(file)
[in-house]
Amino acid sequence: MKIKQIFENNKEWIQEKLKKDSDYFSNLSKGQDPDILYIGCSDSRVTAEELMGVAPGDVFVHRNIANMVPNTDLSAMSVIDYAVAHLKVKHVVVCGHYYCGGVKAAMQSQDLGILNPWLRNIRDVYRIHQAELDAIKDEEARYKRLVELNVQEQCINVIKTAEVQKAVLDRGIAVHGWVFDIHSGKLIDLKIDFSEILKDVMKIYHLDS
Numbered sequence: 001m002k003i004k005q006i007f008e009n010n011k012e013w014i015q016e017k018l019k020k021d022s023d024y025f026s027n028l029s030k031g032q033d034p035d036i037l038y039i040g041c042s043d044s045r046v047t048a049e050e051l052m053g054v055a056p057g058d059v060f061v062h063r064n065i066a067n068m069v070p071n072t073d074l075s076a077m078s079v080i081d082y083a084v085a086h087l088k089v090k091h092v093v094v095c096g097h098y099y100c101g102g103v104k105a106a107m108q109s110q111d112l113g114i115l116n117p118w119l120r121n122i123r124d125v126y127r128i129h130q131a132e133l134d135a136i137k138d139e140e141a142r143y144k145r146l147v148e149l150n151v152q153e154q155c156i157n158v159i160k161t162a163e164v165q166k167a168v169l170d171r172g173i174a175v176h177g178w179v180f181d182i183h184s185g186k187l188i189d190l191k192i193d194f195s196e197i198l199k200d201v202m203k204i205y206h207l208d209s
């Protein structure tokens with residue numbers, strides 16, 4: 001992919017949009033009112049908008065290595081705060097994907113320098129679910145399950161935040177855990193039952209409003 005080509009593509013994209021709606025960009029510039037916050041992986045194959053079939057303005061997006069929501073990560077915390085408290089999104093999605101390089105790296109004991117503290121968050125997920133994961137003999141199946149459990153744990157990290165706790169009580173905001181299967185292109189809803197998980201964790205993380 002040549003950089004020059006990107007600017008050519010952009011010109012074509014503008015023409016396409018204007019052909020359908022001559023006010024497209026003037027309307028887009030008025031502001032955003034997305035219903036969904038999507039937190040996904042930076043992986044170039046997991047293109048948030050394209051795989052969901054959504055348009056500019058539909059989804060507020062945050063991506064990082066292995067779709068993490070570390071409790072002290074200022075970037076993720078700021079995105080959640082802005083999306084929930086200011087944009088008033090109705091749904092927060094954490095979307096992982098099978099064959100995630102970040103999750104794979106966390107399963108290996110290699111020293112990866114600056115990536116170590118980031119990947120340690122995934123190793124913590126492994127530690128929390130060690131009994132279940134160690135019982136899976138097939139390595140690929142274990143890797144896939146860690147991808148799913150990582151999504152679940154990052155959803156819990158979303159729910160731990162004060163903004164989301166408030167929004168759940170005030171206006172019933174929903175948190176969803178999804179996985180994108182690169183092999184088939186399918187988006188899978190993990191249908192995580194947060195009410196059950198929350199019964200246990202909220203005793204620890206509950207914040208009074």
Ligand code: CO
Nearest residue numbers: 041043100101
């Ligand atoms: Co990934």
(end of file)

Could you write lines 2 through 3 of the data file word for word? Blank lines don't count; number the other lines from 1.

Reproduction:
Amino acid sequence: MKIKQIFENNKEWIQEKLKKDSDYFSNLSKGQDPDILYIGCSDSRVTAEELMGVAPGDVFVHRNIANMVPNTDLSAMSVIDYAVAHLKVKHVVVCGHYYCGGVKAAMQSQDLGILNPWLRNIRDVYRIHQAELDAIKDEEARYKRLVELNVQEQCINVIKTAEVQKAVLDRGIAVHGWVFDIHSGKLIDLKIDFSEILKDVMKIYHLDS
Numbered sequence: 001m002k003i004k005q006i007f008e009n010n011k012e013w014i015q016e017k018l019k020k021d022s023d024y025f026s027n028l029s030k031g032q033d034p035d036i037l038y039i040g041c042s043d044s045r046v047t048a049e050e051l052m053g054v055a056p057g058d059v060f061v062h063r064n065i066a067n068m069v070p071n072t073d074l075s076a077m078s079v080i081d082y083a084v085a086h087l088k089v090k091h092v093v094v095c096g097h098y099y100c101g102g103v104k105a106a107m108q109s110q111d112l113g114i115l116n117p118w119l120r121n122i123r124d125v126y127r128i129h130q131a132e133l134d135a136i137k138d139e140e141a142r143y144k145r146l147v148e149l150n151v152q153e154q155c156i157n158v159i160k161t162a163e164v165q166k167a168v169l170d171r172g173i174a175v176h177g178w179v180f181d182i183h184s185g186k187l188i189d190l191k192i193d194f195s196e197i198l199k200d201v202m203k204i205y206h207l208d209s